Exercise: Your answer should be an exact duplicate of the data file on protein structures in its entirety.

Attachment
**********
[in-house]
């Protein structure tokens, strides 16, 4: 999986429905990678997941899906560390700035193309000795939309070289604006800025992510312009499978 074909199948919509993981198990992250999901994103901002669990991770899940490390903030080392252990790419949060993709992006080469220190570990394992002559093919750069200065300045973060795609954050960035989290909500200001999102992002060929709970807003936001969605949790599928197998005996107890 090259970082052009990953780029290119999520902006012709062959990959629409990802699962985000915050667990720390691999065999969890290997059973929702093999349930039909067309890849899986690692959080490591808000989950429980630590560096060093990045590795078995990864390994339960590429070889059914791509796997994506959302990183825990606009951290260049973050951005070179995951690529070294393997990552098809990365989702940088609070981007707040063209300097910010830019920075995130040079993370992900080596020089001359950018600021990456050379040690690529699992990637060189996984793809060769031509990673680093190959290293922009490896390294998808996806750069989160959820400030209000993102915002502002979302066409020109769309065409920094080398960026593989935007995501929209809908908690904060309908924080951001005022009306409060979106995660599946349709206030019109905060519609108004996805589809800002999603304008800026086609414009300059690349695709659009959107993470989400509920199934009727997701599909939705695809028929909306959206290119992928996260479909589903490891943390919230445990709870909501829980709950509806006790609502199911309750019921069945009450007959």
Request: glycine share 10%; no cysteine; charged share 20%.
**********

[in-house]
């Protein structure tokens, strides 16, 4: 999986429905990678997941899906560390700035193309000795939309070289604006800025992510312009499978 074909199948919509993981198990992250999901994103901002669990991770899940490390903030080392252990790419949060993709992006080469220190570990394992002559093919750069200065300045973060795609954050960035989290909500200001999102992002060929709970807003936001969605949790599928197998005996107890 090259970082052009990953780029290119999520902006012709062959990959629409990802699962985000915050667990720390691999065999969890290997059973929702093999349930039909067309890849899986690692959080490591808000989950429980630590560096060093990045590795078995990864390994339960590429070889059914791509796997994506959302990183825990606009951290260049973050951005070179995951690529070294393997990552098809990365989702940088609070981007707040063209300097910010830019920075995130040079993370992900080596020089001359950018600021990456050379040690690529699992990637060189996984793809060769031509990673680093190959290293922009490896390294998808996806750069989160959820400030209000993102915002502002979302066409020109769309065409920094080398960026593989935007995501929209809908908690904060309908924080951001005022009306409060979106995660599946349709206030019109905060519609108004996805589809800002999603304008800026086609414009300059690349695709659009959107993470989400509920199934009727997701599909939705695809028929909306959206290119992928996260479909589903490891943390919230445990709870909501829980709950509806006790609502199911309750019921069945009450007959």
Request: glycine share 10%; no cysteine; charged share 20%.